“Momentum? Momentum is the next day’s starting pitcher.” – Earl Weaver
You may believe, like I believed, that forming a new habit takes about 21 days. Maybe you’ve heard a month. Upon doing a little digging,though, that number is actually more like 66. 66 days. Over 2 months. That’s how long it would take us to make something like exercising or watching what we eat a habit. 66 stinking days.
That means that if I want to reach a point where exercising regularly is a part of who I am, I need to do it consistently for two months first.
This time of year is rife with folks (me included) bent on making positive personal changes. How many of us will reach that 66 day plateau, though? How many of us will eat berries, leaves, and twigs for about four days and then call it quits? It’s certainly easier to quit, says I, as I sit here eating carrots for dessert instead of chocolate pudding. However, in the past couple days, I have added exercise as a part of my daily routine and have watched what I am eating. I’ve cut back on junk and unnecessary snacks. That, my friends, is called momentum.
What legendary baseball manager Earl Weaver is saying about momentum in the quote I chose for today is that momentum is only as good as its ability to continue to draw you forward. As I was researching effective exercise methods, I came across an excellent blog by Coach Stevo about momentum and goal setting. The refrain in this piece is “All that matters is momentum.” In essence, until we decide to put that first foot in front of the other one, we will accomplish precisely nothing. However, we can accomplish awesome things if we’re willing to make that first move. “All that matters is momentum.”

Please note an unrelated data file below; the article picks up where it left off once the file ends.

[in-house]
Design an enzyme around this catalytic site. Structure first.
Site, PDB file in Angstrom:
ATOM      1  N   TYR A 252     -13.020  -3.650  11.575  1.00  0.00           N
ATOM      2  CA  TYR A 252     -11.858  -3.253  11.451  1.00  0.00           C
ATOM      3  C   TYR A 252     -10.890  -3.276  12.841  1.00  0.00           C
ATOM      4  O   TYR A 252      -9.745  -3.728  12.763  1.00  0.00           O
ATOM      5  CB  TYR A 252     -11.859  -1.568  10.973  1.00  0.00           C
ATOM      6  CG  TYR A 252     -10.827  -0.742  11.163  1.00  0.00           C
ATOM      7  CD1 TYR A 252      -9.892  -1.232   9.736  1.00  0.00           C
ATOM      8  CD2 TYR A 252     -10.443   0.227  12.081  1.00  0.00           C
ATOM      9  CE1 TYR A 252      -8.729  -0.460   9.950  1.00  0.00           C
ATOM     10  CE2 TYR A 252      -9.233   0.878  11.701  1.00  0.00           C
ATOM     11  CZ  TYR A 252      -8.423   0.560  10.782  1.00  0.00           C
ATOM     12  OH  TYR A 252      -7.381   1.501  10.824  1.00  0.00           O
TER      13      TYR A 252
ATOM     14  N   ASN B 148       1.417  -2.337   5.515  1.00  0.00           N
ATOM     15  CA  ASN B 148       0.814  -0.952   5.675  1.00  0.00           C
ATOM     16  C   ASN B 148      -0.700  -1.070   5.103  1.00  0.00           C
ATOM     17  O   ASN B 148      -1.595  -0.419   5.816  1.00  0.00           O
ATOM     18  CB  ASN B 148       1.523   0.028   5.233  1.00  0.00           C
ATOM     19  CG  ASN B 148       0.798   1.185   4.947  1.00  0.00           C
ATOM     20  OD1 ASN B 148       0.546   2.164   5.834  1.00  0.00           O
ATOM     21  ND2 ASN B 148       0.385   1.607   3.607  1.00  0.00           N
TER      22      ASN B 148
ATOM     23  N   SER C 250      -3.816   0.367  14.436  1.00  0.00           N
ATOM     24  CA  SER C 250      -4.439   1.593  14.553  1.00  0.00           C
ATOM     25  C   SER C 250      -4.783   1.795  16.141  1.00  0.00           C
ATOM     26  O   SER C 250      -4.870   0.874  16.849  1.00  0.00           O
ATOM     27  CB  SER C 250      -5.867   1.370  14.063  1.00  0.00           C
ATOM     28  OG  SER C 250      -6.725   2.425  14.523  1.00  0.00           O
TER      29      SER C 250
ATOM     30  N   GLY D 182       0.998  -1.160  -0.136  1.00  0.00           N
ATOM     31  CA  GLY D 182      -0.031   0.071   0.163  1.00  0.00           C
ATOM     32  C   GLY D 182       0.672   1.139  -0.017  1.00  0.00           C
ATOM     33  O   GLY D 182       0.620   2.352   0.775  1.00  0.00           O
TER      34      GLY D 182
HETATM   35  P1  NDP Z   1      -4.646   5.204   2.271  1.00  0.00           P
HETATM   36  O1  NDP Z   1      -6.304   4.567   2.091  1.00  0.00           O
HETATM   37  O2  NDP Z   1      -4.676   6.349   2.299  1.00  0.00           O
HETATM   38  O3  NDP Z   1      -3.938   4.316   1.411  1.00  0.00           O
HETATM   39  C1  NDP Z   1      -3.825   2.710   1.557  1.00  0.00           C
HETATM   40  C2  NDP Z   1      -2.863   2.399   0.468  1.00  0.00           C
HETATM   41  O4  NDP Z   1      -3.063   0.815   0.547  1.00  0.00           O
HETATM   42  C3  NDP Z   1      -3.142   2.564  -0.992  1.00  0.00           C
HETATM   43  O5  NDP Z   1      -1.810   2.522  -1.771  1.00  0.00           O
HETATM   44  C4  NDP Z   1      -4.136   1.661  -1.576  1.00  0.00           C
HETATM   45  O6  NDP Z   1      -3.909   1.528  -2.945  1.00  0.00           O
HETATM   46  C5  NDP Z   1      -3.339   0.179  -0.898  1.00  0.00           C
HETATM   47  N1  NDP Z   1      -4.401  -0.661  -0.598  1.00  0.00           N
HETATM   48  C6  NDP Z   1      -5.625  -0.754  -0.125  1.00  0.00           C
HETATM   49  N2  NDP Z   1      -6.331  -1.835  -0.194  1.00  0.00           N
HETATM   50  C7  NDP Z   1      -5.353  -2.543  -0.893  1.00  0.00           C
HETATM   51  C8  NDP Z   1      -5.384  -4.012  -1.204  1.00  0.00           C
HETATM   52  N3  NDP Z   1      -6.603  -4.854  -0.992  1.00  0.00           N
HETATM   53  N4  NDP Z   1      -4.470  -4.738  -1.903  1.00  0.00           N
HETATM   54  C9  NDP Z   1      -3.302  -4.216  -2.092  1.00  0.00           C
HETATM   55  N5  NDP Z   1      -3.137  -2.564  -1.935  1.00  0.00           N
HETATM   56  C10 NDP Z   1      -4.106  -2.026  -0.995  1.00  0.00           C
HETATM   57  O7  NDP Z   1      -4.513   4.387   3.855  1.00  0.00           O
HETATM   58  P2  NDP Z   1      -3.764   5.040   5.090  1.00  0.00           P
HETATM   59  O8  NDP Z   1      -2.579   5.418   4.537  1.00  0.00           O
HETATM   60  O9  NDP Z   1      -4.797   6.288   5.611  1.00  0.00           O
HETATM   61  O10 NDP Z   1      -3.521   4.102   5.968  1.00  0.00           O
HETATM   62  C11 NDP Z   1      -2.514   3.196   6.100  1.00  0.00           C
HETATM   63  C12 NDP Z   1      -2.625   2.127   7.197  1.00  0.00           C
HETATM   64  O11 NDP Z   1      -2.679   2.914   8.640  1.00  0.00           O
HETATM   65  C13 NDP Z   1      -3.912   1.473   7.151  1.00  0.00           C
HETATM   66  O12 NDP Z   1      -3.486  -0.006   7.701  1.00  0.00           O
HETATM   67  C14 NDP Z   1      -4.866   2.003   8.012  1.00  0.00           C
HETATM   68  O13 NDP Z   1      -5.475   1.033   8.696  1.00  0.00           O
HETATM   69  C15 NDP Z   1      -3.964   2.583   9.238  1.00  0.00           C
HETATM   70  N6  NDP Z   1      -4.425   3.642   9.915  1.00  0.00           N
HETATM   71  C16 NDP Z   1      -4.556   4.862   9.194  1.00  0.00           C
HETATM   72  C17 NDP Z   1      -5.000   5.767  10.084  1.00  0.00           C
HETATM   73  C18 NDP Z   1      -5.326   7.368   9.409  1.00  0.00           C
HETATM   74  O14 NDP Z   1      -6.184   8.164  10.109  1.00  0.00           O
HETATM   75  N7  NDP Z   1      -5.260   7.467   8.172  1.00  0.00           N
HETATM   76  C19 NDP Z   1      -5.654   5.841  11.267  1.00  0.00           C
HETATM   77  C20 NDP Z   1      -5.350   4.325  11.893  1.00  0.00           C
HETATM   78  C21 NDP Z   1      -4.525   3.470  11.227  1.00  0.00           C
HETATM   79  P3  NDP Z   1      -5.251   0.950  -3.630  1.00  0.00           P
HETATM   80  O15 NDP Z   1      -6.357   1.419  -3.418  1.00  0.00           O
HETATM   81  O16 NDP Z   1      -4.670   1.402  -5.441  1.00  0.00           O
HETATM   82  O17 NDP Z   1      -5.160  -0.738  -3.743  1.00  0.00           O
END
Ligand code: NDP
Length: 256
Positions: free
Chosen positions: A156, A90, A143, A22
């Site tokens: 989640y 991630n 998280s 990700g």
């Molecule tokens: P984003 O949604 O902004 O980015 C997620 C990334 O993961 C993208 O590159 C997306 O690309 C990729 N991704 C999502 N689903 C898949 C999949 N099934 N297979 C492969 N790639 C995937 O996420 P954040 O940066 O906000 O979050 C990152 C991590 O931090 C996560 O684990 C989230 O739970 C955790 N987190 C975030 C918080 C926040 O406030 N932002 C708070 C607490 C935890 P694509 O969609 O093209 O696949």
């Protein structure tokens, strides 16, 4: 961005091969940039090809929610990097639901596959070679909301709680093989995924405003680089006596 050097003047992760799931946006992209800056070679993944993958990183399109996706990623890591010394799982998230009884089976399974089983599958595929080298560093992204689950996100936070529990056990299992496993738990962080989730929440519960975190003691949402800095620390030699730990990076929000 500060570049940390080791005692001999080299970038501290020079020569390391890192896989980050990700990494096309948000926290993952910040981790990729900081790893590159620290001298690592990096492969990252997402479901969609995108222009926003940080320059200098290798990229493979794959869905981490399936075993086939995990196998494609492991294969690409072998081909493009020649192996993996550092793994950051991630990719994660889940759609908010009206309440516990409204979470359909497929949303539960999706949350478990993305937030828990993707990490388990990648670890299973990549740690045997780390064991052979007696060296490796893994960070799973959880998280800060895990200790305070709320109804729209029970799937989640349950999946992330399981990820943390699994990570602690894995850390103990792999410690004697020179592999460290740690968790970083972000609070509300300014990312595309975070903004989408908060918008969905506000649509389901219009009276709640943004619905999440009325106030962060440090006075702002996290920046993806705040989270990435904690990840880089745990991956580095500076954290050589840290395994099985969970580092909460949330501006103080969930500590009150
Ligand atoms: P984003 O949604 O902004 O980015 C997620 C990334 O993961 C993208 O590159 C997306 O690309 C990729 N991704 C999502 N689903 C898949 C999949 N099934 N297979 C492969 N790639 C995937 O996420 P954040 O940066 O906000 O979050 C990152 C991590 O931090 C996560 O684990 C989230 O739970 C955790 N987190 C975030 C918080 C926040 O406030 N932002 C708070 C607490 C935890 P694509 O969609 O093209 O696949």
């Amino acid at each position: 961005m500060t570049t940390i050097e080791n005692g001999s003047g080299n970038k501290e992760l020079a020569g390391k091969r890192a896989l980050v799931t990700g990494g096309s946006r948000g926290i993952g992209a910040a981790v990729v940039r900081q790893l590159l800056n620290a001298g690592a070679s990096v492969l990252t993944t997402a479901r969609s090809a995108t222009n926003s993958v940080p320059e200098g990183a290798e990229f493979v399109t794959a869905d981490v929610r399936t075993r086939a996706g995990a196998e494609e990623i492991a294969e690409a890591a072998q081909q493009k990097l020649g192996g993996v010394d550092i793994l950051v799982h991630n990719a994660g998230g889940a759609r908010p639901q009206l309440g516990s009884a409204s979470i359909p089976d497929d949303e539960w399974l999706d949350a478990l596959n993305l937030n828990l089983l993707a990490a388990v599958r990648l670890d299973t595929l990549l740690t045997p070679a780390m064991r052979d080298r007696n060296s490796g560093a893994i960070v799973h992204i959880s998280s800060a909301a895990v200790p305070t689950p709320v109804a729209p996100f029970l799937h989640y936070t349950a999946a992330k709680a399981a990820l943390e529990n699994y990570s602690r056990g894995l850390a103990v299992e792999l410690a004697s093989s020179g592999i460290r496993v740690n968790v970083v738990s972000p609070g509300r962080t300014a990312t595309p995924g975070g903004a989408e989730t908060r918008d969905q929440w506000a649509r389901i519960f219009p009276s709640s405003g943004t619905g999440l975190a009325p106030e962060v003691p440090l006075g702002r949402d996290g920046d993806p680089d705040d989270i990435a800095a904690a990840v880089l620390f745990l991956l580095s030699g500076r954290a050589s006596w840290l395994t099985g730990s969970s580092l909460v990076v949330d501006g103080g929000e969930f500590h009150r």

The idea, then, would be to create enough momentum to where the positive change you wish to see in yourself reaches the 66 day milestone and becomes habitual. I know I’m not alone in doing one of the following:
• Setting giant, sweeping goals across multiple spectrums and achieving none.
• Starting something and not seeing it through.
As it pertains to setting “giant, sweeping” goals, momentum isn’t necessarily measurable, so the size of your goal is irrelevant to it. All that matters is making the effort to push forward.
RE: starting and not following up, this is something I know far too much about. Again, I doubt I’m alone. What happens to me a lot is that I reach a point where I think, “I haven’t done this in so long now that it doesn’t even matter anymore,” and I lay the goal to rest. Momentum, once started, can’t be stopped. It can be slowed, sure, but allow yourself the opportunity to allow that momentum to get rolling for you again.
Here’s to hoping those resolutions we’ve made are met with the same desire in making them come to life. “All that matters is momentum.” Let’s get moving.
Have an awesome Tuesday,